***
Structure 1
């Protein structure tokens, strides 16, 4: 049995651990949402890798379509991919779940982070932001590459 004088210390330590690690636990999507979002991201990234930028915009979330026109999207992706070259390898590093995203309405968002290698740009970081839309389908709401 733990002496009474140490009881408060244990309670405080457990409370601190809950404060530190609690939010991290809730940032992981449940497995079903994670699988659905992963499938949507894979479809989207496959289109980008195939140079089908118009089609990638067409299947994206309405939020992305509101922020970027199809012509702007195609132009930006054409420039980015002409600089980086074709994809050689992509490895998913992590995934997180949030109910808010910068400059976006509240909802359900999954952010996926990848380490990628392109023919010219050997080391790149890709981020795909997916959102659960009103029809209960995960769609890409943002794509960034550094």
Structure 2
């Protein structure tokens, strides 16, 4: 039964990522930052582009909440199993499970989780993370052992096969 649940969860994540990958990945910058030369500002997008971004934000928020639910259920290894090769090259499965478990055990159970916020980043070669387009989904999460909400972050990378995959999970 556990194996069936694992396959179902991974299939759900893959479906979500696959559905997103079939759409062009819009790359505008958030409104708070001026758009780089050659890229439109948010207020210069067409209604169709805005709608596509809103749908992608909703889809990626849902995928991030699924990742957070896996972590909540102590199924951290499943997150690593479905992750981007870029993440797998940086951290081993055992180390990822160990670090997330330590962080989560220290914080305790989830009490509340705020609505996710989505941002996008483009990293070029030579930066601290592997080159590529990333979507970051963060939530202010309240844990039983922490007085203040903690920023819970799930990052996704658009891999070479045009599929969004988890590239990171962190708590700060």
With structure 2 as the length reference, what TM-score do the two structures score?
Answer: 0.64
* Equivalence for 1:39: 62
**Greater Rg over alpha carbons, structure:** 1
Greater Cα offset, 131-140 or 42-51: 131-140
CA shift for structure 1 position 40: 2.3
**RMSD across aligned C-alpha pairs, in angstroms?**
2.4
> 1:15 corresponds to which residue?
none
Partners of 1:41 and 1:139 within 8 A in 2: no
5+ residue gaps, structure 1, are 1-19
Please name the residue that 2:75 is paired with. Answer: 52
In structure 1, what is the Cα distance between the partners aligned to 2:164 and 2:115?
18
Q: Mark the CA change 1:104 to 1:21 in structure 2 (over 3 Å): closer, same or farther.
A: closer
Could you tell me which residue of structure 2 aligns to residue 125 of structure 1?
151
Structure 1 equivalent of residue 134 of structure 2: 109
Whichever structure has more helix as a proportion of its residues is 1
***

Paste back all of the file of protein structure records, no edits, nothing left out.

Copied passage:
Structure 1
């Protein structure tokens, strides 16, 4: 049995651990949402890798379509991919779940982070932001590459 004088210390330590690690636990999507979002991201990234930028915009979330026109999207992706070259390898590093995203309405968002290698740009970081839309389908709401 733990002496009474140490009881408060244990309670405080457990409370601190809950404060530190609690939010991290809730940032992981449940497995079903994670699988659905992963499938949507894979479809989207496959289109980008195939140079089908118009089609990638067409299947994206309405939020992305509101922020970027199809012509702007195609132009930006054409420039980015002409600089980086074709994809050689992509490895998913992590995934997180949030109910808010910068400059976006509240909802359900999954952010996926990848380490990628392109023919010219050997080391790149890709981020795909997916959102659960009103029809209960995960769609890409943002794509960034550094």
Structure 2
């Protein structure tokens, strides 16, 4: 039964990522930052582009909440199993499970989780993370052992096969 649940969860994540990958990945910058030369500002997008971004934000928020639910259920290894090769090259499965478990055990159970916020980043070669387009989904999460909400972050990378995959999970 556990194996069936694992396959179902991974299939759900893959479906979500696959559905997103079939759409062009819009790359505008958030409104708070001026758009780089050659890229439109948010207020210069067409209604169709805005709608596509809103749908992608909703889809990626849902995928991030699924990742957070896996972590909540102590199924951290499943997150690593479905992750981007870029993440797998940086951290081993055992180390990822160990670090997330330590962080989560220290914080305790989830009490509340705020609505996710989505941002996008483009990293070029030579930066601290592997080159590529990333979507970051963060939530202010309240844990039983922490007085203040903690920023819970799930990052996704658009891999070479045009599929969004988890590239990171962190708590700060």
With structure 2 as the length reference, what TM-score do the two structures score?
Answer: 0.64
* Equivalence for 1:39: 62
**Greater Rg over alpha carbons, structure:** 1
Greater Cα offset, 131-140 or 42-51: 131-140
CA shift for structure 1 position 40: 2.3
**RMSD across aligned C-alpha pairs, in angstroms?**
2.4
> 1:15 corresponds to which residue?
none
Partners of 1:41 and 1:139 within 8 A in 2: no
5+ residue gaps, structure 1, are 1-19
Please name the residue that 2:75 is paired with. Answer: 52
In structure 1, what is the Cα distance between the partners aligned to 2:164 and 2:115?
18
Q: Mark the CA change 1:104 to 1:21 in structure 2 (over 3 Å): closer, same or farther.
A: closer
Could you tell me which residue of structure 2 aligns to residue 125 of structure 1?
151
Structure 1 equivalent of residue 134 of structure 2: 109
Whichever structure has more helix as a proportion of its residues is 1